But What About Butter?
Oh don’t worry, butter can stay. As our friend Elizabeth Minchilli says, ‘we are equal fat opportunists’. Currently, there are several packs of butter in our fridge and that’s the way we like things.
Olive oil absolutely can be a one-stop-shop replacement for butter (or other fats/oils) if that’s what you want. In fact, for most savory dishes it’s extremely easy to swap it for butter, especially for roasting and sautéing. It’s a matter of personal preference.
However, it’s extremely challenging to swap for butter in baking because baking is so scientific and measured. Also, it doesn't behave the same way as butter when baked because it's a dense and heavy product. There's a reason the French make croissants with butter.
We recently found that extra virgin can be used as a sub in a roux. The question is would you want to? It’s a personal preference!
Butter For Pancakes
If you’re into big, light, fluffy pancakes that get crispy on the edges and float on top of one another stick to butter. Many a Sunday brunch have been ruined by our hopeful yet failed experiments.
Trying to make pancakes with olive oil is like trying to eat cotton candy in the rain. They end up flat, mushy, and sad. They taste good but half the fun of eating pancakes is the texture and olive oil does not have the same chemical makeup as butter so it just doesn’t work out.
Olive Oil For Waffles
Waffles on the other hand turn out fabulous. The product lends an incredible texture and flavor to waffles that’s hard to beat. Paired with a decadent jam or syrup it’s absolutely delicious.
You can use olive oil within the recipe and to make the waffle maker nonstick. Make sure the batter cooks thoroughly and is slightly golden and developed a crust before removing it or you’ll end up with a mess. After a few tries, you’ll get the hang of it.
The same can be said about brownies. We tested a few recipes for our book and they turned out amazing. It's about finding the right foods, that can hold up to the density of the product. Brownies and waffles can both do that.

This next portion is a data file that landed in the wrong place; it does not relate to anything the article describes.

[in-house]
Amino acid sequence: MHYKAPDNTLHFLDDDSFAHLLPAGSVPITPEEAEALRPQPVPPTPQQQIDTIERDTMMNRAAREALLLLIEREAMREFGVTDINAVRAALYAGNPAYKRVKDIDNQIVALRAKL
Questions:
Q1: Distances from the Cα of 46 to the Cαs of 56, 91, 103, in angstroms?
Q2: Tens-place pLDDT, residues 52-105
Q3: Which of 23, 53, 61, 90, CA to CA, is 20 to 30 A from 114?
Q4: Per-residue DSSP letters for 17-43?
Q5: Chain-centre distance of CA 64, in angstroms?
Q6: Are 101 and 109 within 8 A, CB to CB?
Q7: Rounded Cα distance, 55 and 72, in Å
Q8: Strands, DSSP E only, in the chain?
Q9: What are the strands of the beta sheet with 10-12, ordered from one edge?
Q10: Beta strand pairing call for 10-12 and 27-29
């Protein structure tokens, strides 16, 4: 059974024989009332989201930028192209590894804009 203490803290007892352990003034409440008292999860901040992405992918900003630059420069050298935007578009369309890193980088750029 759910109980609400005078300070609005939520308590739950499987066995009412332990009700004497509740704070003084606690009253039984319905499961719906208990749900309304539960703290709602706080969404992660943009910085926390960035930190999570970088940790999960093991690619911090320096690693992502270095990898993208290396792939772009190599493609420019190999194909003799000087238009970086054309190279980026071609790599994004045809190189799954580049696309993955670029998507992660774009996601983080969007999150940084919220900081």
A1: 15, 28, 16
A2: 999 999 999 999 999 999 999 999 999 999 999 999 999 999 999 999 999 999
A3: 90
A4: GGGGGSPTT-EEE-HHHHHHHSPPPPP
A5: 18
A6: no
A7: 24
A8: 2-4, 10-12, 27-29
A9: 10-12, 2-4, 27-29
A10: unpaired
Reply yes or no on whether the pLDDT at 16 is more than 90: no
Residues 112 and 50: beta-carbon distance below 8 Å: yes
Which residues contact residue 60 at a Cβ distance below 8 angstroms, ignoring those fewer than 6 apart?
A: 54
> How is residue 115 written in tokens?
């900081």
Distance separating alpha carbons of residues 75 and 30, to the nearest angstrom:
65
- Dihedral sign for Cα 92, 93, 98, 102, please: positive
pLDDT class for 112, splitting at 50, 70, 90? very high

How To Choose A Good Olive Oil For Cooking
Choose the highest quality olive oil you can afford. First, make sure you’re shopping within your price range then move on to the flavor profile.
Different foods call for different oils. For example, salads, fish, pesto, and goat cheese pair well with a gentler EVOO with notes of citrus, almond, green apple, grass, or herbs would be lovely. See the Turi.
For stews, soups, and beans a product with a peppery finish, notes of green pepper, herbs, and tomato work well. See the Lina.
For BBQ meats, roasted chicken, lamb, or grilled veggies a full-bodied oil with notes of chili, artichoke, and spice. See the Avus.
Clearing Up The Smoke Point
Stop worrying about smoke point. Headlines and newspapers thrive on headlines that throw readers into a panic. But there’s truly no need to worry or obsess.
Most households only need to cook on low to medium high heat. And olive oil only begins to smoke when left on high heat for extended periods of time. Read more about smoke point here.
What Not To Do When Cooking With Olive Oil (& Other Cooking Fats)
Be mindful of the heat setting when cooking. All cooking fats can smoke if left to heat for too long. Here's what not to do when cooking with olive oil:
- Heat oil on high heat
- Leave oil on heat and walk away
- Let the product smoke profusely and continue cooking (think clouds of smoke, kitchen fire)
Again, these rules apply to all cooking fats. This is about cooking responsibly and well. Heating on high can be a safety hazard.
Recipes to Practice With
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If you found this post valuable, please leave a comment! We love to hear from you. And if you do cook with extra virgin olive oil please don’t forget to tag us on Instagram and Facebook and use #EXAUoliveoil so we can repost!